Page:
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Abraham Lincoln, Stephen A. Douglas, Debates of Lincoln and Douglas: Carefully Prepared by the Reporters of Each Party at the times of their Delivery., First joint debate, at Ottawa, August 21, 1858. (search)
thers made it. Why can it not exist divided into free and slave States? Washington, Jefferson, Franklin, Madison, Hamilton, Jay, and the great men of that day, ,made this Government divided into free we know have been gotten out, at different times and places, and by different workmen-Stephen, Franklin, Roger and James, for instance-and when we see those timbers joined together, and see they exact to bring such piece in — in such a case we feel it impossible not to believe that Stephen and Franklin, and Roger and James, all understood one another from the beginning, and all worked upon a commech to-day he quotes a playful part of his speech at Springfield, about Stephen, and James, and Franklin, and Roger, and says that I did not take exception to it. I did not answer it, and he repeats ifamous lie. He says he will repeat it until I answer his folly and nonsense, about Stephen, and Franklin, and Roger, and Bob, and James. He studied that out-prepared that one sentence with the gre
Abraham Lincoln, Stephen A. Douglas, Debates of Lincoln and Douglas: Carefully Prepared by the Reporters of Each Party at the times of their Delivery., Fourth joint debate, at Charleston, September 18, 1858. (search)
reat hostile party against all men South? Mr. Lincoln tells you, in his speech at Springfield that a house divided against itself cannot stand ; that this Government, divided into free and slave States, cannot endure permanently ; that they must either be all free or all slave; all one thing or all the other. Why cannot this Government endure divided into free and slave States, as our fathers made it? When this Government was established by Washington, Jefferson, Madison, Jay, Hamilton, Franklin, and the other sages and patriots of that day, it was composed of free States and slave States, bound together by one common Constitution. We have existed and prospered from that day to this thus divided, and have increased with a rapidity never before equaled in wealth, the extension of territory, and all the elements of power and greatness, until we have become the first nation on the face of the globe. Why can we not thus continue to prosper? We can if we will live up to and execute t
ant particular. Almost every youth of the backwoods early became a habitual hunter and superior marksman. The Indiana woods were yet swarming with game, and the larder of every cabin depended largely upon this great storehouse of wild meat. Franklin points out how much this resource of the early Americans contributed to their spirit of independence by saying: I can retire cheerfully with my little family into the boundless woods of America, which are sure to afford freedom and subsistence to any man who can bait a hook or pull a trigger. (See The century Magazine, Franklin as a Diplomatist, October, 1899, p. 888.) The Pigeon Creek settlement was especially fortunate on this point. There was in the neighborhood of the Lincoln home what was known in the West as a deer-lick --that is, there existed a feeble salt-spring, which impregnated the soil in its vicinity or created little pools of brackish water-and various kinds of animals, particularly deer, resorted there to satisfy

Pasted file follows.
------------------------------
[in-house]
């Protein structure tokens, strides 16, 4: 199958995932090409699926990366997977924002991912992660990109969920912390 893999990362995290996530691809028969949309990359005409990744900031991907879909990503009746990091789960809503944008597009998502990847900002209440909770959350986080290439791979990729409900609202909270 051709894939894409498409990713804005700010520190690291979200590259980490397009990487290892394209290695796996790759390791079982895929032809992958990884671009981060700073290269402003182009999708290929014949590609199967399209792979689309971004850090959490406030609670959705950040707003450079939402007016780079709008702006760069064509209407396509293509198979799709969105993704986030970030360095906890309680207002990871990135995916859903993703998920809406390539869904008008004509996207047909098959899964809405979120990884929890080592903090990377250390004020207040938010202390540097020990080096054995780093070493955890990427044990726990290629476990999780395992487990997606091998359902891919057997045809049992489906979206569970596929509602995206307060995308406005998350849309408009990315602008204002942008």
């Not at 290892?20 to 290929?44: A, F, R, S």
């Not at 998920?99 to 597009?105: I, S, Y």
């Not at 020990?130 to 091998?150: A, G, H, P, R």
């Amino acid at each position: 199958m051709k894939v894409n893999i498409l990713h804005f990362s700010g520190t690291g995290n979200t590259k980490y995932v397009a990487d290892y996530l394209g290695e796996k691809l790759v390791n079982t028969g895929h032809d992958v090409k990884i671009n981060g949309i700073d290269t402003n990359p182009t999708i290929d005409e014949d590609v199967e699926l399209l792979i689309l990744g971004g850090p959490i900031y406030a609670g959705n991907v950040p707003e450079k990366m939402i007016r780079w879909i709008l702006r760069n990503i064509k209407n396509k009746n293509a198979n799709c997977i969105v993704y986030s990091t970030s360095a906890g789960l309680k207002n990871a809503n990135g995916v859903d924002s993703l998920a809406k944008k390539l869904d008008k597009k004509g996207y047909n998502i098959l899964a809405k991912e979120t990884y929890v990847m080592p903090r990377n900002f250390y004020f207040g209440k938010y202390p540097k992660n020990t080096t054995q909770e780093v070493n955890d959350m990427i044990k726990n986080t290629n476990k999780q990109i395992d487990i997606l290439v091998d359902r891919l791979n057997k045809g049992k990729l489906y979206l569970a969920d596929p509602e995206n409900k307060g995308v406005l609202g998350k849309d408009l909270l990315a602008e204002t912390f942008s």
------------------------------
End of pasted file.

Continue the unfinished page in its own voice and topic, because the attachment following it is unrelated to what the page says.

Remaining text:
Chapter 21. McClellan's illness Lincoln Consults McDowell and Franklin President's plan against Manassas McClellan's plan against Richmond Cameron and Stanton President's War order no. I Lincoln's questions to McClellan news from the West death of Willie Lincoln the Harper's Ferry Fiasco President's War order no. 3 the news from Hampton Roads Manassas evacuated movement to the Peninsula Yorktown the Peninsula campaign seven days battles retreat to Harriary stagnation in the East need now to be related. The gloomy outlook at the beginning of the year has already been mentioned. Finding on January 10 that General McClellan was still ill and unable to see him, he called Generals McDowell and Franklin into conference with himself, Seward, Chase, and the Assistant Secretary of War; and, explaining to them his dissatisfaction and distress at existing conditions, said to them that if something were not soon done, the bottom would be out of the w
Chapter 29. Sherman's Meridian expedition capture of Atlanta Hood Supersedes Johnston Hood's invasion of Tennessee Franklin and Nashville Sherman's March to the sea capture of Savannah Sherman to Lincoln Lincoln to Sherman Sherman's March through the Carolinas the burning of Charleston and Columbia arrival at Goldsboro Junction with Schofield visit to Grant While Grant was making his marches, fighting his battles, and carrying on his siege operations in Virginia, Sherman in the West was performing the task assigned to him by his chief, to pursue, destroy, or capture the principal western Confederate army, now commanded by General Johnston. The forces which under Bragg had been defeated in the previous autumn at Lookout Mountain and Missionary Ridge, had halted as soon as pursuit ceased, and remained in winter quarters at and about Dalton, only twenty-eight or thirty miles on the railroad southeast of Chattanooga, where their new commander, Johns